If your state requires that you take an oath to the contents of the FPCA, please visit the American Citizen Services section at the Embassy along with your passport on Mondays, Tuesdays or Thursdays from 0800 - 1100. All notarization services for voting materials are performed free of charge. Information about which States require notaries can be found at www.fvap.gov.
Federal Write-In Absentee Ballot (FWAB)
Overseas voters may be eligible to use the Federal Write-in Absentee Ballot (FWAB) to vote for federal offices (President/Vice President, Senator, and Representative).
The FWAB may be used only for general elections and is a backup for voters who expect to be able to use the regular absentee ballot from their state or territory but who did not receive that ballot in time to vote and return it.
The FWAB must be received by the local election official no later than the deadline for receipt of regular absentee ballots under state law. The FWAB is to be used to assist those voters who would be disenfranchised through no fault of their own, and is not designed as a replacement for the regular state ballot. It is valid only when the state ballot has been requested.
An FWAB may be obtained at the U.S. Embassy. Walk-in hours are Mondays, Tuesdays and Thursdays from 0800 – 1100. You can also obtain an online version of the FWAB on website for the Federal Voting Assistance Program at www.fvap.gov.
For questions or additional information, please visit the Federal Voting Assistance Program website at www.fvap.gov or contact the Embassy by e-mail at BeirutACS@state.gov. You can also contact the Embassy via phone Monday through Friday from 1400 – 1600 at 04-542600/543600 and ask for the American Citizen Services Unit.
New U.S. Law Makes Voting Easier for Americans Abroad
This coming November, U.S. voters will elect 39 U.S. Senators and the entire House of Representatives. For overseas voters, the process will be much easier, thanks in large part to a new law - the Military and Overseas Voters Empowerment (MOVE) Act - that the U.S. Congress enacted late last year.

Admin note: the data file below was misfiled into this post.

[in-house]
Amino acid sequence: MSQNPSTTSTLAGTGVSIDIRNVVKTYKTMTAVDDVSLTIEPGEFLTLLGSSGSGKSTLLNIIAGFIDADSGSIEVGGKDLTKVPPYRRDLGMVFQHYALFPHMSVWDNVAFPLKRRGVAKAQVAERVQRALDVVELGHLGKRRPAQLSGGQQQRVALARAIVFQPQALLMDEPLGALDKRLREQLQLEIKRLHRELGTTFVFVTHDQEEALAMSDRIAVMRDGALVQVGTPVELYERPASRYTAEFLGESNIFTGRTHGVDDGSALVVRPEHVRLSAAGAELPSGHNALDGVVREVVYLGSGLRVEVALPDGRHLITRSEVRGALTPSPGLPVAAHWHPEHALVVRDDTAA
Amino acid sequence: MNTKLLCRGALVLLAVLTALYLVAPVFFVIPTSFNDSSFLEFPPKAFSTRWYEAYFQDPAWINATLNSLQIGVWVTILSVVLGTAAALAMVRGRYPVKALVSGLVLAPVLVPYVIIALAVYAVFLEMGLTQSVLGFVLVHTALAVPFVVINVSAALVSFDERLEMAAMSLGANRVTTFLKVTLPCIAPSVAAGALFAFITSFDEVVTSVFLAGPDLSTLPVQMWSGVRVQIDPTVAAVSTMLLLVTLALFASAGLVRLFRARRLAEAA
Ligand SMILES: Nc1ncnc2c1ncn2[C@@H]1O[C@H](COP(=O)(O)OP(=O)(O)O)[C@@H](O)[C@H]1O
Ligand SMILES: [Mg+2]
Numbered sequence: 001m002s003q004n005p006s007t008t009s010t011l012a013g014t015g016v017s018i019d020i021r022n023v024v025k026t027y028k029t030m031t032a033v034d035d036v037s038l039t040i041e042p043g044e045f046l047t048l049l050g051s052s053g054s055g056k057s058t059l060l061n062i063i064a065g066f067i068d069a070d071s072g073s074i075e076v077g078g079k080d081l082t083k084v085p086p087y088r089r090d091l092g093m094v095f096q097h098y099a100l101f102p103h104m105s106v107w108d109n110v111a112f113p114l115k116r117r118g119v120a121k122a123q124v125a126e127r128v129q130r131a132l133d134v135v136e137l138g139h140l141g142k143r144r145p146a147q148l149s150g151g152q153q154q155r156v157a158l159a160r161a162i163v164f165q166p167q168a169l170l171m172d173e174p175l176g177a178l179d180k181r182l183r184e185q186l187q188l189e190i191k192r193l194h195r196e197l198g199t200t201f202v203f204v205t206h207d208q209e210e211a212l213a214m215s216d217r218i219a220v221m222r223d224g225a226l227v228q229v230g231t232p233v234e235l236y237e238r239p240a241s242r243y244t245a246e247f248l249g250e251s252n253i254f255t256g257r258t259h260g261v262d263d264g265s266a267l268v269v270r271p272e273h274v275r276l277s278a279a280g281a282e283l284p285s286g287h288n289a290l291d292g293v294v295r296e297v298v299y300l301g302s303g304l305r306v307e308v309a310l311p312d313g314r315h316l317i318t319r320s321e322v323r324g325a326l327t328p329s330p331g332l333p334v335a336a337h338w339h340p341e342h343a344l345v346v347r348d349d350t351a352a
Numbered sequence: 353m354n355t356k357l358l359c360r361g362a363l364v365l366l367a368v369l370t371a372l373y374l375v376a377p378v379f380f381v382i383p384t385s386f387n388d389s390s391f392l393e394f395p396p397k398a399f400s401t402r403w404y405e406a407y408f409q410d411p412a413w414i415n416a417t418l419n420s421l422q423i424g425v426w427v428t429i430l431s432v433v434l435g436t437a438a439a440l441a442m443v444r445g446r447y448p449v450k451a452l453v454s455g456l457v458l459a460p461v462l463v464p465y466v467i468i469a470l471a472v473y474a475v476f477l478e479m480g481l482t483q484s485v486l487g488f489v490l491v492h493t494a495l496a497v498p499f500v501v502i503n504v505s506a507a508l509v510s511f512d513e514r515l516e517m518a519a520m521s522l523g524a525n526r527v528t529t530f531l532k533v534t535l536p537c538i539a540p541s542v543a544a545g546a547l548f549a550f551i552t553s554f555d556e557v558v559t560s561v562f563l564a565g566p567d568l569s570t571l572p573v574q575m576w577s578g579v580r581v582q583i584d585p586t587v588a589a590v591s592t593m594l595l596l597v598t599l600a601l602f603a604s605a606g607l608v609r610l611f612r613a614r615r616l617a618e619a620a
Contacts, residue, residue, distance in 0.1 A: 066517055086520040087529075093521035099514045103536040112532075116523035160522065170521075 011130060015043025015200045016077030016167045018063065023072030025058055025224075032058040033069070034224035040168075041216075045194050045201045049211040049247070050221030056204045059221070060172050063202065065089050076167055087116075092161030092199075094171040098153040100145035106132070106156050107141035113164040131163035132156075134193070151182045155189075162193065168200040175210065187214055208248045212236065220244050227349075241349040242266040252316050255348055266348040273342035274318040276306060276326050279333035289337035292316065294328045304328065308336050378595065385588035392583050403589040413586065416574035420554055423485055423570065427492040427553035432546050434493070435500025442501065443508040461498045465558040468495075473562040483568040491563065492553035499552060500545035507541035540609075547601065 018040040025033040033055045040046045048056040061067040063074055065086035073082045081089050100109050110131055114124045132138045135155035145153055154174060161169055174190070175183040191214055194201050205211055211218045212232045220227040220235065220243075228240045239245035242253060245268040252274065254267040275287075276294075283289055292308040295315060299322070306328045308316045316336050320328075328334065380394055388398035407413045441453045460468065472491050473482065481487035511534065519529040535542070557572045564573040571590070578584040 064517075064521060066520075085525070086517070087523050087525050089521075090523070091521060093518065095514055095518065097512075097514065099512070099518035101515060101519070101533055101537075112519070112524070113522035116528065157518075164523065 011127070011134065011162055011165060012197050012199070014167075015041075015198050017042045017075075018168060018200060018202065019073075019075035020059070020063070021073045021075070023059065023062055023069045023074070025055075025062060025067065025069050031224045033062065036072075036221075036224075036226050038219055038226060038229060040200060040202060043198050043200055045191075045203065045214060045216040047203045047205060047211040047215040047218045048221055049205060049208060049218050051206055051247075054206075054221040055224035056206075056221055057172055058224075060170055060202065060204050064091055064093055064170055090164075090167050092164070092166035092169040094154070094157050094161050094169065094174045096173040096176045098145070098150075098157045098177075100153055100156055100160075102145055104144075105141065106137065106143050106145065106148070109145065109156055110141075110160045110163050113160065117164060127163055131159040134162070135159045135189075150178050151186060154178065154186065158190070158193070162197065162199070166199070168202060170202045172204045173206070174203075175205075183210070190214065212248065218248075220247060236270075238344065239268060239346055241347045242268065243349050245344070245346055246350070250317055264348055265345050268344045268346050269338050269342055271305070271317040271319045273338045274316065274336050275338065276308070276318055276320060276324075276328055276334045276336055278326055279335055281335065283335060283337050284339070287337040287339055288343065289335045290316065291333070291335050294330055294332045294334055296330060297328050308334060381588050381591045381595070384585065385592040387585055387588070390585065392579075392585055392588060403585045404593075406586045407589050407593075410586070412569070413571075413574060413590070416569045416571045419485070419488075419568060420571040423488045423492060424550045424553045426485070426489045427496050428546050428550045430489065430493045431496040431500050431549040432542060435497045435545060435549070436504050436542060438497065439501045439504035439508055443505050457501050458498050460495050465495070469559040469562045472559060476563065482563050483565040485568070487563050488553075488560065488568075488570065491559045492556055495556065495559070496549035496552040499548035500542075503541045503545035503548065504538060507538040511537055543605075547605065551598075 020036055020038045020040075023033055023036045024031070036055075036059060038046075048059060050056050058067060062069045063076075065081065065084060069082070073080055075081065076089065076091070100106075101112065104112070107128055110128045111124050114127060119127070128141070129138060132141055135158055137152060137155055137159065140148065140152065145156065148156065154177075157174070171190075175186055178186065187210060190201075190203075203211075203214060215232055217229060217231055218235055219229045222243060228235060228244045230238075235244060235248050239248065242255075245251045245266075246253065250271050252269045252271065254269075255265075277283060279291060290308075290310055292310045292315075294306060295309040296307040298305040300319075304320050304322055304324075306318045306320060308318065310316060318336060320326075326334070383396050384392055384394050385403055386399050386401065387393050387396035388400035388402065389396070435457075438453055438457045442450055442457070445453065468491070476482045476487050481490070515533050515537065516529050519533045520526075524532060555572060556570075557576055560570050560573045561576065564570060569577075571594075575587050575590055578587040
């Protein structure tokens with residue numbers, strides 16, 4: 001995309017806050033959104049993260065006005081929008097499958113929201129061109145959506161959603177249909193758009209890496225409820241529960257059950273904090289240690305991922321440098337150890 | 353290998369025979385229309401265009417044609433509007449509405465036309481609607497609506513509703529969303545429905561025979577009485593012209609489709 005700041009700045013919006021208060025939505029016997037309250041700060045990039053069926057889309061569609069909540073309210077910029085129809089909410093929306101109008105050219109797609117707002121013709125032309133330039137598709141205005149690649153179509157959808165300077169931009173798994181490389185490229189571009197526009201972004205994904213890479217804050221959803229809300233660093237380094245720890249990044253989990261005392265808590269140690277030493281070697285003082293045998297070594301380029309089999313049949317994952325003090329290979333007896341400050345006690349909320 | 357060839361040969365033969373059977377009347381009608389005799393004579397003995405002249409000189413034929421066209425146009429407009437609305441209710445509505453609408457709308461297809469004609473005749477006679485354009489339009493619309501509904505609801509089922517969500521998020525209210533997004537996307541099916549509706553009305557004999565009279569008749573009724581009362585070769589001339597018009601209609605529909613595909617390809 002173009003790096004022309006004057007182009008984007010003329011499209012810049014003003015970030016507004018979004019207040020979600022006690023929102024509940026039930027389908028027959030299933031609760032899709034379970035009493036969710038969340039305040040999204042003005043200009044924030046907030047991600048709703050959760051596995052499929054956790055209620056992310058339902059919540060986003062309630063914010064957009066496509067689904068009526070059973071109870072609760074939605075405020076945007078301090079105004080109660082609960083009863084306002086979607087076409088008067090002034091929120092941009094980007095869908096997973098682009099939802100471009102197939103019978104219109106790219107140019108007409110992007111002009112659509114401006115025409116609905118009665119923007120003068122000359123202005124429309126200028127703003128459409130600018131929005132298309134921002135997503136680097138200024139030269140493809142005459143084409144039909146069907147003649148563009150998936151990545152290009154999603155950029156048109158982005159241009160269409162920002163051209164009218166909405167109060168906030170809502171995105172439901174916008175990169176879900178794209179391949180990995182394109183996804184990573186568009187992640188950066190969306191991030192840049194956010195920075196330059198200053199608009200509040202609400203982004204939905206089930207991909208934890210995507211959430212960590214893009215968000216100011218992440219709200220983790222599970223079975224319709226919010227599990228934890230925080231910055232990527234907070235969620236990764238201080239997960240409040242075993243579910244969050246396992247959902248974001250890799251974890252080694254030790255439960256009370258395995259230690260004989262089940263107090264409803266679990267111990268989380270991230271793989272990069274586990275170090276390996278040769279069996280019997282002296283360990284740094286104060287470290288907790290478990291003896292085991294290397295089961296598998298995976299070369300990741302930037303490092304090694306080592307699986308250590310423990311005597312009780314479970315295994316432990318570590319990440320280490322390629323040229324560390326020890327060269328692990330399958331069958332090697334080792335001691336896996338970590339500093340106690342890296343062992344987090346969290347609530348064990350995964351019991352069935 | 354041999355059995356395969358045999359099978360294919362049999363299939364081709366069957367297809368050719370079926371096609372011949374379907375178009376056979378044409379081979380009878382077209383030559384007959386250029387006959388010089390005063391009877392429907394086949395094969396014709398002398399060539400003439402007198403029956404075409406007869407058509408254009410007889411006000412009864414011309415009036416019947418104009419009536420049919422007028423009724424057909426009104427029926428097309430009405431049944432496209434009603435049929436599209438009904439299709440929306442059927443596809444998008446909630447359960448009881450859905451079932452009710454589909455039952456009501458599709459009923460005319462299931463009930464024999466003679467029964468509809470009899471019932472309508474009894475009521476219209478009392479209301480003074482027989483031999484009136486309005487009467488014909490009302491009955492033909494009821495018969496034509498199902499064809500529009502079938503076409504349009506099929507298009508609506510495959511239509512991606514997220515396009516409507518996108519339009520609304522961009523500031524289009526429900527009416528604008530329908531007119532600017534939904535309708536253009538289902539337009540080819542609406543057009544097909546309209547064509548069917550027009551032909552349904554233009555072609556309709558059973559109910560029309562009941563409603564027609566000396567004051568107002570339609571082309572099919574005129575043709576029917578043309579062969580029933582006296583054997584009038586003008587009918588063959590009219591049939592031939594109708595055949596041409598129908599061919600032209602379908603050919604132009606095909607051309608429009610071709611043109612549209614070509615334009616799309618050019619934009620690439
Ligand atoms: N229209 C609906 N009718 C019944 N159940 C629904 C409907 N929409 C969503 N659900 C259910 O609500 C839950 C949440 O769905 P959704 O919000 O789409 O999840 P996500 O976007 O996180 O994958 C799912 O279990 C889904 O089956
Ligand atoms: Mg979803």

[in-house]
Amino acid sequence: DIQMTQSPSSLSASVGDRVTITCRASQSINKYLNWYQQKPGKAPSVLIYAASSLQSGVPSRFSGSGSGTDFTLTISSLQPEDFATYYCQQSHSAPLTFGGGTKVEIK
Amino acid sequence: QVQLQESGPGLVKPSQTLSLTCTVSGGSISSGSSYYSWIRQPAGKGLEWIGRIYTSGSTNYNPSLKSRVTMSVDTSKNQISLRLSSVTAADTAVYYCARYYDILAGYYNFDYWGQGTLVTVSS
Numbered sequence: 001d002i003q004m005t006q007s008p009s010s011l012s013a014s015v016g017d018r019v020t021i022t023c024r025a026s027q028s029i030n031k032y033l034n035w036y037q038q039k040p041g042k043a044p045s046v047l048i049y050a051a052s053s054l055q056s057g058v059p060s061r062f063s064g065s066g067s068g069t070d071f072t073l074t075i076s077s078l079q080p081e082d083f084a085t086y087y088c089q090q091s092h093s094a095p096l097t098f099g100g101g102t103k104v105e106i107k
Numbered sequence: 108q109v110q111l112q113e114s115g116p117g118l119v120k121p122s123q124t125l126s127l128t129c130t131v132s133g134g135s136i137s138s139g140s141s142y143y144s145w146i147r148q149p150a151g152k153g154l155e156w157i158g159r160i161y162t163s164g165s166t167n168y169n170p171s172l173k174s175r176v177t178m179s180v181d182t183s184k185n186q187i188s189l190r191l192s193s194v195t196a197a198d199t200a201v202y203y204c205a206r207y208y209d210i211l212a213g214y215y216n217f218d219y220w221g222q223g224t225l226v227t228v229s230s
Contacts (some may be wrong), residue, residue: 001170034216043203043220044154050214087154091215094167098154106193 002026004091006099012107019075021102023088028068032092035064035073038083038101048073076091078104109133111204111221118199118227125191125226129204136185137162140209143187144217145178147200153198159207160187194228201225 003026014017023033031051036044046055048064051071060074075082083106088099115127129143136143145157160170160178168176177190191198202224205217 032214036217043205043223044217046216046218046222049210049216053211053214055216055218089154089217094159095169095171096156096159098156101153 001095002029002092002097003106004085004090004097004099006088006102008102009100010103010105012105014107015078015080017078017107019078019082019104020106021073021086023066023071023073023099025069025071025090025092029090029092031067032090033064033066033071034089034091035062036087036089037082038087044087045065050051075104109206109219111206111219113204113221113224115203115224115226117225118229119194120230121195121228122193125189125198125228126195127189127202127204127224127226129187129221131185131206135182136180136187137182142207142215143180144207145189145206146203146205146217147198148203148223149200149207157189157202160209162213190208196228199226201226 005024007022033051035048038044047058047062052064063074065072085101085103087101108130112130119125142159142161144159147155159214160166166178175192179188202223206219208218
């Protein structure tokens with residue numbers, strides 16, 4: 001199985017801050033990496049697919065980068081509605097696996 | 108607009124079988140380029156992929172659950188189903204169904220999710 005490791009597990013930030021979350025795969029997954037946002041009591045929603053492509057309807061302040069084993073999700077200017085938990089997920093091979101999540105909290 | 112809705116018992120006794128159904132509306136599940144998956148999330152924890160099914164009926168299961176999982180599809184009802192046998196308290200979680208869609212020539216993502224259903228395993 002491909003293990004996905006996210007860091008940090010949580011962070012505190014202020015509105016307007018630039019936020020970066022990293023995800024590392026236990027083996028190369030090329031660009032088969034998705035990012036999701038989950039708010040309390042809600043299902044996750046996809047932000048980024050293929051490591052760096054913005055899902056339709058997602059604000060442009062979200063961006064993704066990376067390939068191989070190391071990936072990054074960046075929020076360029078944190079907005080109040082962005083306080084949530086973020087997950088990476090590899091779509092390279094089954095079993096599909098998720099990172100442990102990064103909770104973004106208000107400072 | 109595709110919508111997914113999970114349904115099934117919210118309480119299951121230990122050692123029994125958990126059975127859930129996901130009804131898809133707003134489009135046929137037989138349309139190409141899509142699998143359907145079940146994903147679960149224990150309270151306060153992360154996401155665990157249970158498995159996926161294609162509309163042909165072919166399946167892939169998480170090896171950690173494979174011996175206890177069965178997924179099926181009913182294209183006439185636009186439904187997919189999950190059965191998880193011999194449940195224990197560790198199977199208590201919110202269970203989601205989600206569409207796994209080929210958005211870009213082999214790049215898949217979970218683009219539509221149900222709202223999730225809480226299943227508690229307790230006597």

To vote absentee, U.S. citizens living outside the United States must be registered to vote, and must request an absentee ballot. You can accomplish both tasks by completing a Federally-issued combination voter registration application and absentee ballot request form known as the Federal Post Card Application, or FPCA. This form, along with key State-by-State instructions, is available on the Federal Voting Assistance Program website at www.fvap.gov, or from the voting officer at the U.S. Embassy in Beirut.
The new law gives U.S. citizens overseas the ability to request and receive absentee ballots electronically. All voters who want to take advantage of this new option should send in a new FPCA with your email and/or complete fax number clearly written out. U.S. citizens who have changed their names, addresses, or email addresses, or who are infrequent voters, should also submit a new FPCA.
Seventeen year-olds who will be 18 on Election Day (November 2, 2010) can also register now. Some States allow U.S. citizens who have never resided in the United States to vote in their parents’ State of voting residence. Check the www.FVAP.gov website for your State’s procedures.
Be sure to follow your State’s instructions carefully when completing the form and sending it to local election officials in the United States. The FVAP website and the Overseas Vote Foundation website, www.ovf.org, have wizards that help you complete and address your FPCA. If you are unsure where you lived in the United States, or where to send your application, the Embassy’s voting officer can help you. Write to VoteBeirut@state.gov for assistance.
The new law requires States to send out ballots a minimum of 45 days in advance of Election Day. If you fail to receive your absentee ballot within a reasonable time period, notify your local election officials by phone or email, and ask for a new ballot electronically.
Every voter should be aware that you can use the Federal Write-in Absentee Ballot (FWAB) as a back-up emergency ballot. Like the FPCA, the FWAB and instructions for its use are available on the www.FVAP.gov website or from the U.S. Consulate.
Vote your ballot and return it promptly to ensure it reaches your local election officials before your State’s ballot receipt deadline. If you use the FWAB, and later receive your official ballot, vote and return it immediately. Under the new law, States must put in place a mechanism that allows voters to confirm that the voted ballot has been received by the State. Again, check www.fvap.gov for a link to your State’s election information.
Take this opportunity to register with the U.S. Embassy in Beirut. It’s easy to do – just go on line to http://travel.state.gov. Registered U.S. citizens receive important reminders from the Embassy on safety and security, voting, and other matters of importance to the U.S. citizen community in Lebanon.